Magic Mirror – On A Low CPU Budget

A display with the magic mirror webpage shown running on it

For quite a few hackers out there, it’s still hard to find a decently powerful Raspberry Pi for a non-eye-watering price. [Rupin Chheda] wanted to build a magic mirror with a web-based frontend, and a modern enough Raspberry Pi would’ve worked just fine. Sadly, all he could get was single-1 GHz-core 512MB-RAM Zero W boards, which he found unable to run Chromium well enough given the stock Raspbian Desktop install, let alone a webserver alongside it. Not to give up, [Rupin] gives us a step-by-step breakdown on creating a low-footprint Raspbian install showing a single webpage.

Starting with Raspbian Lite, a distribution that doesn’t ship with any desktop features by default, he shows how to equip it with a minimal GUI – no desktop environment needed, just an X server with the OpenBox window manager, as you don’t need more for a kiosk mode application. In place of Chromium, you can install Midori, which is a lean browser that works quite well in single-website mode, and [Rupin] shows you how to make it autostart, as well as the little quirks that make sure your display doesn’t go to sleep. The webserver runs in Heroku cloud, but we wager that, with such a minimal install, it could as well run on the device itself.

With these instructions, you can easily build a low-power single-page browser when all you have is a fairly basic Raspberry Pi board. Of course, magic mirrors are a well-researched topic by now, but you can always put a new spin on an old topic, like in this this retro-tv-based build. You don’t have to build a magic mirror to make use of this hack, either – build a recipe kiosk!

21 thoughts on “Magic Mirror – On A Low CPU Budget

    1. Litterally the second picture has a two way mirror in front of it. When the display is dark it’s a mirror and the light parts shine through. Same type of mirror in casinos or tv cop show integration rooms. It’s dark/dim on the other side so you can’t see in.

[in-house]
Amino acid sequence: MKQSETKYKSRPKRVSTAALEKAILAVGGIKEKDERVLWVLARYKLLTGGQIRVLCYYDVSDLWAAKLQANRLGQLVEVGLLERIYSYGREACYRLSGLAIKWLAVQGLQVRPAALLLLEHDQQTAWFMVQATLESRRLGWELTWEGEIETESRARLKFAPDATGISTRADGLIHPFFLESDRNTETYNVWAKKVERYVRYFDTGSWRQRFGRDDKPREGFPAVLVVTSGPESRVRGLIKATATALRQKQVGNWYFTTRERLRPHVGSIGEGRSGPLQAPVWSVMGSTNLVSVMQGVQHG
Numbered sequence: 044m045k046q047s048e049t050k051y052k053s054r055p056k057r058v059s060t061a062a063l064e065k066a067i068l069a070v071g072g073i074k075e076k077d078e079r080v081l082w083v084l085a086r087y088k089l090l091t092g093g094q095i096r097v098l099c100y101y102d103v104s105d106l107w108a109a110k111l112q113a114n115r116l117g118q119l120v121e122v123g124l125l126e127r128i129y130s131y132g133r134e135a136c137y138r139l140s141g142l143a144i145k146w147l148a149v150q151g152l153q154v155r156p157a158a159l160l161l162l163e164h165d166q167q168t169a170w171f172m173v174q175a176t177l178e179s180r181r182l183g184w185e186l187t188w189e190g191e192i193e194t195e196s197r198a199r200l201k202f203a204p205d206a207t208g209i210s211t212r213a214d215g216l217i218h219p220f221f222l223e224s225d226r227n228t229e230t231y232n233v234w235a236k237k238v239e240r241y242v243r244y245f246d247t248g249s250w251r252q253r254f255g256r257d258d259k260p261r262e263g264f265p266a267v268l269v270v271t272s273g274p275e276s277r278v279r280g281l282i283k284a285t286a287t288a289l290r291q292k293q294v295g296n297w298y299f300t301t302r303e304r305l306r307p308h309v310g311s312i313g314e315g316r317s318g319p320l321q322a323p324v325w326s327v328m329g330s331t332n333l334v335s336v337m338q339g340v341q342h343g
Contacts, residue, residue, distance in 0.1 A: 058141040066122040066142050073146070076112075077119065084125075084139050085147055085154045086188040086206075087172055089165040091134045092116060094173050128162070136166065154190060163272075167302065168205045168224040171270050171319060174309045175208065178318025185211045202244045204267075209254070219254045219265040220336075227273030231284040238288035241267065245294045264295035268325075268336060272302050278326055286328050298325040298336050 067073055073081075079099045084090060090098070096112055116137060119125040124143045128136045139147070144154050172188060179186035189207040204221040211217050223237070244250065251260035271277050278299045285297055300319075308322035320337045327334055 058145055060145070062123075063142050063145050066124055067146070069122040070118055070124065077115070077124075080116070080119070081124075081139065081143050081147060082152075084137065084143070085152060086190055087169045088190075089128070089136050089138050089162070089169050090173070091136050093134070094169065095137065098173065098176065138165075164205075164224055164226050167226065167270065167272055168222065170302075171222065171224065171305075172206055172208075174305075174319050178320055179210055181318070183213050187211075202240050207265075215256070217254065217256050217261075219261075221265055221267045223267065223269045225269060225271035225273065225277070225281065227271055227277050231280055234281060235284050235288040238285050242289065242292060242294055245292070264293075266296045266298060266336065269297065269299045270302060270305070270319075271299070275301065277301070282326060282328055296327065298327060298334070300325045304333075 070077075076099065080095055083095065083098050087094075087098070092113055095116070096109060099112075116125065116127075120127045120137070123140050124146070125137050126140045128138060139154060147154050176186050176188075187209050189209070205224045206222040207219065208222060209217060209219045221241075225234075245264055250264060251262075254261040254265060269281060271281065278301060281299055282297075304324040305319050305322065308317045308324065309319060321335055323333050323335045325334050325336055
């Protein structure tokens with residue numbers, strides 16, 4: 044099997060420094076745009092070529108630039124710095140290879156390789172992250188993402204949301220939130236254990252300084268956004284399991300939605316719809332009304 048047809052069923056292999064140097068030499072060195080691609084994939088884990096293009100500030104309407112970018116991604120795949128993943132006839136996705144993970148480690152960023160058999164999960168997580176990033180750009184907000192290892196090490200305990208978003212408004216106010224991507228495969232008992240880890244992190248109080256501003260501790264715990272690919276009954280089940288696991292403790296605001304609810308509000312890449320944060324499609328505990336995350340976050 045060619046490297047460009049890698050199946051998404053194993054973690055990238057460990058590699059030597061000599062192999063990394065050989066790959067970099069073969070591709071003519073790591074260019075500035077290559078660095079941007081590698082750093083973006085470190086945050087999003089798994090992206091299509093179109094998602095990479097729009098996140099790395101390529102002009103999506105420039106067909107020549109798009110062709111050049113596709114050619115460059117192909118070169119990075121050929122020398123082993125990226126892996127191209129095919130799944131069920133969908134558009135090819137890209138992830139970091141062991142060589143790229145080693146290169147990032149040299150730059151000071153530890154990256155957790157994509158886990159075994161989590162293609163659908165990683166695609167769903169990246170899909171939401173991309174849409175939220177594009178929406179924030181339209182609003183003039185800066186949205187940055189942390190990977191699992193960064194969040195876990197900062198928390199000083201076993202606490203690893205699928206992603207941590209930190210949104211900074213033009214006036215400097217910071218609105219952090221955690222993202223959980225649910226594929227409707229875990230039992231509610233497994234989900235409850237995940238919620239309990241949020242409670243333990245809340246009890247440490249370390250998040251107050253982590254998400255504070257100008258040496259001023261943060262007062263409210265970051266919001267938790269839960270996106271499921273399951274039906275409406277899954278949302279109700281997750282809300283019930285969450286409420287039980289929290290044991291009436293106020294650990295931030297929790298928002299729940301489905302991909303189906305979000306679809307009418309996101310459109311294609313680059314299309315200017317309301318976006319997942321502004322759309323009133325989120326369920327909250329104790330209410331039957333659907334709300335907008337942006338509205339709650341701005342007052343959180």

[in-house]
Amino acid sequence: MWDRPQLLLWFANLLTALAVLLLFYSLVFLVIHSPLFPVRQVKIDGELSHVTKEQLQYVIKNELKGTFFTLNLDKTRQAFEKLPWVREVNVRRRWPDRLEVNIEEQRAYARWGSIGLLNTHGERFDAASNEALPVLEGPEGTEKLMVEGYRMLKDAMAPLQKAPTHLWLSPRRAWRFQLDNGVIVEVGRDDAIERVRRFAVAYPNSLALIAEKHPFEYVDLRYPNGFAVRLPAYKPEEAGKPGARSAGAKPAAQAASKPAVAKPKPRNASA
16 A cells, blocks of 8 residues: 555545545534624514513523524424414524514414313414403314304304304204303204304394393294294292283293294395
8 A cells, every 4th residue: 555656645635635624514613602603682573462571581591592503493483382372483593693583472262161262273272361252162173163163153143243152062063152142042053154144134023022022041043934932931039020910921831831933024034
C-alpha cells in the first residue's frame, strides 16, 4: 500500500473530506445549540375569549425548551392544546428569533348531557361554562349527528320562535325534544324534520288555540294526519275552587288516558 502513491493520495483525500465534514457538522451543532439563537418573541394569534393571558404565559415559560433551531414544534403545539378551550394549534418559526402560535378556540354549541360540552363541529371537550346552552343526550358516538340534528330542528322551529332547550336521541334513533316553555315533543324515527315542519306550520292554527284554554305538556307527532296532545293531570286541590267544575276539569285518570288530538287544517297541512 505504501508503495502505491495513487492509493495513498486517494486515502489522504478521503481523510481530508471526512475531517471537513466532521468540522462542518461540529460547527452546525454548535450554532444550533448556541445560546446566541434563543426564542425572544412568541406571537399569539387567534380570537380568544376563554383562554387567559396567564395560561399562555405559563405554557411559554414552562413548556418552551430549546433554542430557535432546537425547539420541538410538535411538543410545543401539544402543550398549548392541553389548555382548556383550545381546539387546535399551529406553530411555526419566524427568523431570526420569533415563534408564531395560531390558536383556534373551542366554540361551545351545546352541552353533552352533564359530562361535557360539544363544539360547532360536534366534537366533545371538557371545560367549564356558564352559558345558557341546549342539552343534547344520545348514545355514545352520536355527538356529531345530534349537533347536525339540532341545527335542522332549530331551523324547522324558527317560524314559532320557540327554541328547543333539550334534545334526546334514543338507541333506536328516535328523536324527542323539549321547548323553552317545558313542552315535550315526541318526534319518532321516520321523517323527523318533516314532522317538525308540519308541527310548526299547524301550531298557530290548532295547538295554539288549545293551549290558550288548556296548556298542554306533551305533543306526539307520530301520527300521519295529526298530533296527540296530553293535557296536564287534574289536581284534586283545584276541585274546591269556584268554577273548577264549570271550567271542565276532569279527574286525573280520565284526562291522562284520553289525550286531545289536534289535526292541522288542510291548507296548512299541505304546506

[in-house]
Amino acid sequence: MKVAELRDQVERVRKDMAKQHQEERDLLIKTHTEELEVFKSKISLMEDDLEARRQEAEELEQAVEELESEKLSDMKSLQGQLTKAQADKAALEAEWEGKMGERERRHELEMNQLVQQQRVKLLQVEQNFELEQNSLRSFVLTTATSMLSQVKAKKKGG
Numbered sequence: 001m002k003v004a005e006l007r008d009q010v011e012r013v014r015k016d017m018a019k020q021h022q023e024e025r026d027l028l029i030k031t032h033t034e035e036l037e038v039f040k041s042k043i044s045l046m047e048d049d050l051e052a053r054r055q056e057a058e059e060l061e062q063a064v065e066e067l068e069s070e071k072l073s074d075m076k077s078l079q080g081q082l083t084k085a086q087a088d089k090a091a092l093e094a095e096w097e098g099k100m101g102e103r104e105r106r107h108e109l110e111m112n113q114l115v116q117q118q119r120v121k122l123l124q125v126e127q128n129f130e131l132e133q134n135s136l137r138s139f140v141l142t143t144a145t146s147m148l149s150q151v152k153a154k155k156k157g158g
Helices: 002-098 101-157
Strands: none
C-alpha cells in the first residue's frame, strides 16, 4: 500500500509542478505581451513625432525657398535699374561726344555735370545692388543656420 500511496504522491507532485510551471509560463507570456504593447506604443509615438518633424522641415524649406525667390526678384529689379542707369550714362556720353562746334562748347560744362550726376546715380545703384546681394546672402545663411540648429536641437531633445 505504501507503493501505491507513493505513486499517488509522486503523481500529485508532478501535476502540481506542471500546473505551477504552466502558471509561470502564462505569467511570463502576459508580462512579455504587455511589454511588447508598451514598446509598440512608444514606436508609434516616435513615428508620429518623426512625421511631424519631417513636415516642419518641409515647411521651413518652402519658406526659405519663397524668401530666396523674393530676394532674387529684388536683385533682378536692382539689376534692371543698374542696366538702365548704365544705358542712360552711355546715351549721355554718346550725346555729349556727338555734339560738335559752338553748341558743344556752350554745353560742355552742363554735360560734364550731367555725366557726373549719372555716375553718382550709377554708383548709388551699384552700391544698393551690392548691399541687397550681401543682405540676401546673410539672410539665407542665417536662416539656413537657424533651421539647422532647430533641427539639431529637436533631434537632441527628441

1. Midori is in a weird state.

      If you download from the official site, you get the “MidoriNG” browser, which is based on Electron & Chromium and as you say is quite heavy.

      If you install from Debian package manager like in this tutorial or from the old repo at , you get the classic Midori that does use Webkit but omits e.g. per-site sandboxing and other memory heavy features. Also no security updates since 2019.

    1. Its a mirror, with the reflective backing partially scraped off (or in front of a one-way mirror), so it shows useful information while you look at yourself. Things like the weather, calendar items, etc.

      1. Maybe this is destined to be put behind a mirror..

        Hey pro tip for anyone looking for a one way mirror.. don’t buy the films. They aren’t optically decent at all. Although of course ebay and amazon sell them for this use… they’re garbage.

    1. They’ve no idea, they’re just repeating something they once heard on the internet therefore they’re now an expert.

      The only difference when making mirrors is normal mirrors have a thick protective coating added after silvering (aluminium these days); for the two-way “magic” mirror they skip that and use a clear coating instead (so it’s shiny on both sides).

      Nothing hard or special about it, two-way is pricey because it’s a niche product. Film is fine for hobby stuff, put the nay-sayers into the audio fool category.

  1. Thank you Arya for posting this.

    I am the original creator of this project, alongwith a team of students in Grade 10 as part of their Design project.

    To your point, Heroku recently stopped their free dynos and I had to run the webserver on the Pi. The CPU utilisation does cross 100% and the Pi is barely able to keep up.

    1. .. on a raspberry pi zero w, which is the novel part of it. Information on building magic mirror’s is widely available on the interwebs and the google algorithm will help you find the best resources.

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